It's a sweet egg-stravaganza.

  • 2 Cadbury creme eggs
  • 1 plain cake doughnut
  • 1 brownie, the fudgier the better
  • 1 large slice pound cake, cut into small cubes
  • 1 tablespoon butter, such as Challenge Butter
  • Red sugar sprinkles, to garnish

Prepare your plate. Slice your doughnut in half; place the halves, cut side up, side by side on your plate.

Cut your brownie in half, the way that you would slice a bagel (so that you have two fully sized but thin brownie pieces). Either cut or shape each piece into a circle so that it is slightly smaller in circumference than the doughnut halves. Place the circles on top of the doughnut halves.

Prepare the Creme Eggs. The idea here is to get them lightly melty, but not so much that the yolk oozes out. I found that the best way to do this was to either put them on a sheet of aluminum foil atop a baking sheet and put them in either a toaster oven on high or a preheated moderate oven for about a minute. As soon as the tops of the chocolate eggs starts to get a bit shiny, remove them from heat, and very carefully (so as to not puncture the chocolate and let the yolk ooze out) transfer each egg to the top of your two prepared brownie and doughnut stacks. Top with lightly melty frosting.

Sprinkle each finished stack with red sugar sprinkles; serve immediately.

For the full post and how-to, visit Serious Eats!

Monday
Mar012010

Sweet News: CakeSpy is a Nominee in Saveur's Best Food Blog Awards!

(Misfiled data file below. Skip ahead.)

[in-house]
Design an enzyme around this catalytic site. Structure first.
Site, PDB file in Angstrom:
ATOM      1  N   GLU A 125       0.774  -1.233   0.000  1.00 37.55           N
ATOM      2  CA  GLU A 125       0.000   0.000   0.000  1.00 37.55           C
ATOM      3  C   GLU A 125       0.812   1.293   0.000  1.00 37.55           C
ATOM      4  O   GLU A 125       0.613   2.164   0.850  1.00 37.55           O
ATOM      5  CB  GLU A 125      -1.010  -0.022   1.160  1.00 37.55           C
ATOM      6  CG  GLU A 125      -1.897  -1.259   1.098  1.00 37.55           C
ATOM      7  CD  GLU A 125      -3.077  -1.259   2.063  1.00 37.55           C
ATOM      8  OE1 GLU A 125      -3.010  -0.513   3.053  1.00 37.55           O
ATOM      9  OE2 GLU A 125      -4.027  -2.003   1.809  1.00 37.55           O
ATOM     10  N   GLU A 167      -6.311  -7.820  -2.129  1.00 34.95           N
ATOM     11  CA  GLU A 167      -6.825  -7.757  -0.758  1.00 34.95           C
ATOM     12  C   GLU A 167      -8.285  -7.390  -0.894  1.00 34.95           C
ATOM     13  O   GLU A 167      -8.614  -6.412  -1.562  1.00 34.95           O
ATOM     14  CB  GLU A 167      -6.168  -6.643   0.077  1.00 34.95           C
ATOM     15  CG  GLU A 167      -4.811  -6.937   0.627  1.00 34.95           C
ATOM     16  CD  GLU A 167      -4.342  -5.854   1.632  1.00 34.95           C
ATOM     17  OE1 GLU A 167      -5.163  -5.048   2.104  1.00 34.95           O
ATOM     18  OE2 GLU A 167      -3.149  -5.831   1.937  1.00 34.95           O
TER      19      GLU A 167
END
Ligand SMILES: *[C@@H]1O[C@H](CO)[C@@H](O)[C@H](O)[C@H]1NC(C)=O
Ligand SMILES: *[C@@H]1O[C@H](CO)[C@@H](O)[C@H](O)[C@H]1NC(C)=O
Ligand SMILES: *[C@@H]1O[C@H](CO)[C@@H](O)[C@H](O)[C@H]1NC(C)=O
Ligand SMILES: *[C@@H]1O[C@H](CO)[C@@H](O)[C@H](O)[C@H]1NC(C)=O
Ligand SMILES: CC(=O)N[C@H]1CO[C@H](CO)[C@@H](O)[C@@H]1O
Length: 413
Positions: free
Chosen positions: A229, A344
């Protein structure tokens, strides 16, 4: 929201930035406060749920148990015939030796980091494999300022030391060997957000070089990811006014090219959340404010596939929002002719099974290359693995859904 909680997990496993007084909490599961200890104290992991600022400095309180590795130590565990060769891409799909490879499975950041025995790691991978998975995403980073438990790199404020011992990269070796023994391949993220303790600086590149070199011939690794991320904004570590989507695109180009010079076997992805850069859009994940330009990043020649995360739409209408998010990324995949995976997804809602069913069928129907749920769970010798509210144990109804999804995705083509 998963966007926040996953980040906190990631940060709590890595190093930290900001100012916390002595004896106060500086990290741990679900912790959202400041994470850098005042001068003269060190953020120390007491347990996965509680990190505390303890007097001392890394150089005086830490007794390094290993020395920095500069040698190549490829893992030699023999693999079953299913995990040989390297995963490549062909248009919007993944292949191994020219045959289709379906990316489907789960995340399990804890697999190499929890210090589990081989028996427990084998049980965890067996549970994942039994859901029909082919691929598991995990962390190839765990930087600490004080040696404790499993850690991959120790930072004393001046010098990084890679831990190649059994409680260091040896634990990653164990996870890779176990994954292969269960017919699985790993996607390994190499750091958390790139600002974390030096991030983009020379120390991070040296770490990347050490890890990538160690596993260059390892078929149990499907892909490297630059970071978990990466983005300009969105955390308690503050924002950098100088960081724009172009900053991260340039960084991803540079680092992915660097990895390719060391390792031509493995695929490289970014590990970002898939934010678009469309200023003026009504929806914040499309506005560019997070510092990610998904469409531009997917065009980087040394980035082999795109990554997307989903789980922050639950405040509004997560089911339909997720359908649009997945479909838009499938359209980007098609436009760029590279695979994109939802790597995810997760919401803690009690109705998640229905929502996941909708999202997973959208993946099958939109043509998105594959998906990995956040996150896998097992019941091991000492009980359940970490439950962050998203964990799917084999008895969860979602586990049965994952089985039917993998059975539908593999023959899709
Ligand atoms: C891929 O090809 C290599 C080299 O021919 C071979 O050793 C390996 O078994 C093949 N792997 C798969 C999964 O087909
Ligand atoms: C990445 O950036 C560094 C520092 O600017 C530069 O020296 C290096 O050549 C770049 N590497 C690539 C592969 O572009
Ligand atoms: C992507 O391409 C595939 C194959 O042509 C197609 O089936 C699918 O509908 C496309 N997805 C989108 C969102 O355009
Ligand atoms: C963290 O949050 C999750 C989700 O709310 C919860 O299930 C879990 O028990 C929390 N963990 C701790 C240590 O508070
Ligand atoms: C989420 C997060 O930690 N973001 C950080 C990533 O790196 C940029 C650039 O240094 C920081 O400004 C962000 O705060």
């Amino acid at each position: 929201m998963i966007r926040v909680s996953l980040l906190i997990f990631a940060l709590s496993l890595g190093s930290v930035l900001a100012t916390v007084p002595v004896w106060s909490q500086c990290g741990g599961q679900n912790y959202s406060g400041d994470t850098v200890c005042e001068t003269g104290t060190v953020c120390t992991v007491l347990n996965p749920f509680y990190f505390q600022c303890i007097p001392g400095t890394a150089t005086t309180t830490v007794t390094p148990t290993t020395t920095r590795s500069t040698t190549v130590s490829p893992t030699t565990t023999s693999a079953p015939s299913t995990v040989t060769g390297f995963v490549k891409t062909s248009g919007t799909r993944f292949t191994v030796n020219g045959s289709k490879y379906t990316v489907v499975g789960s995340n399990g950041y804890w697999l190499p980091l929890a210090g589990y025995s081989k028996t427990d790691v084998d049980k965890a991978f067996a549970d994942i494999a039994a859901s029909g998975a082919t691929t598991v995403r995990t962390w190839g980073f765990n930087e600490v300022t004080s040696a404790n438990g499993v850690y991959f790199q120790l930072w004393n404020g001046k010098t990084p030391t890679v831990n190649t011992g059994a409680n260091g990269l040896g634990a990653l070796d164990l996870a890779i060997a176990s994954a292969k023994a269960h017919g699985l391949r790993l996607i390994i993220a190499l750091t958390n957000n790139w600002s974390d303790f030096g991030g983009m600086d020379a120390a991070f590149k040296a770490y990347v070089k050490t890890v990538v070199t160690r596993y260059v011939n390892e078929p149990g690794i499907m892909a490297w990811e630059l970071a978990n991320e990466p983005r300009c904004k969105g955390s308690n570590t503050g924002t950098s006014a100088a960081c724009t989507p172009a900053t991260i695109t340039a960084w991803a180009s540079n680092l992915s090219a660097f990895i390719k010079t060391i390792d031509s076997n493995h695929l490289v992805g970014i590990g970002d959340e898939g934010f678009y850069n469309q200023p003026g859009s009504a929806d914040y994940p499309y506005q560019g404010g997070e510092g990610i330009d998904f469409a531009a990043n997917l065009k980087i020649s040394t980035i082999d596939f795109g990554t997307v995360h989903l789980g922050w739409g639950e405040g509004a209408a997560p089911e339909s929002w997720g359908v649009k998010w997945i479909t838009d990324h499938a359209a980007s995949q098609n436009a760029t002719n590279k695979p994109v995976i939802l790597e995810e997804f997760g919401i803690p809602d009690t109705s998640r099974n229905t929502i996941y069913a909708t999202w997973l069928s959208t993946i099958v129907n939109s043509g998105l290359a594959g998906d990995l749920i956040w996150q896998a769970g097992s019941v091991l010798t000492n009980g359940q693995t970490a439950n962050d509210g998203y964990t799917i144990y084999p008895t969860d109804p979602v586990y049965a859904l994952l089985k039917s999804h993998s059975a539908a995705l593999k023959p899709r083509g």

Guess what? I was surprised and delighted this morning to learn that CakeSpy is a nominee in Saveur's First Annual Food Blog Awards, in not one, but two categories!

First, it is nominated for Best Baking and Desserts Blog (with, I might mention, an intimidatingly talented crew of sweets bloggers!).

And second, my post on the legendary Salted Peanut Butter Crisps of 1950-55 has been nominated for Best Individual Post. Like, OMG!

It's super sweet to be nominated--and it would be super mega sweet to get your vote, buddies. Click here to vote for me for Best Baking and Desserts Blog, and click here to vote for my Salted Peanut Butter Crisps post! 

And thank you!

Monday
Mar012010

March For Sweetness: Trophy Cupcakes Debuts Chocolate Guinness Stout Cupcakes with Bailey's Irish Cream Buttercream for March

Everybody's Irish when there's a cupcake like this around!

That's right: it's March, and that means it's time for some serious sweetness at Trophy Cupcakes, where they've brought back their beloved St. Patrick's Day flavor for the entire month: Chocolate Guiness Stout Cupcakes with Bailey's Irish Cream Buttercream frosting on top!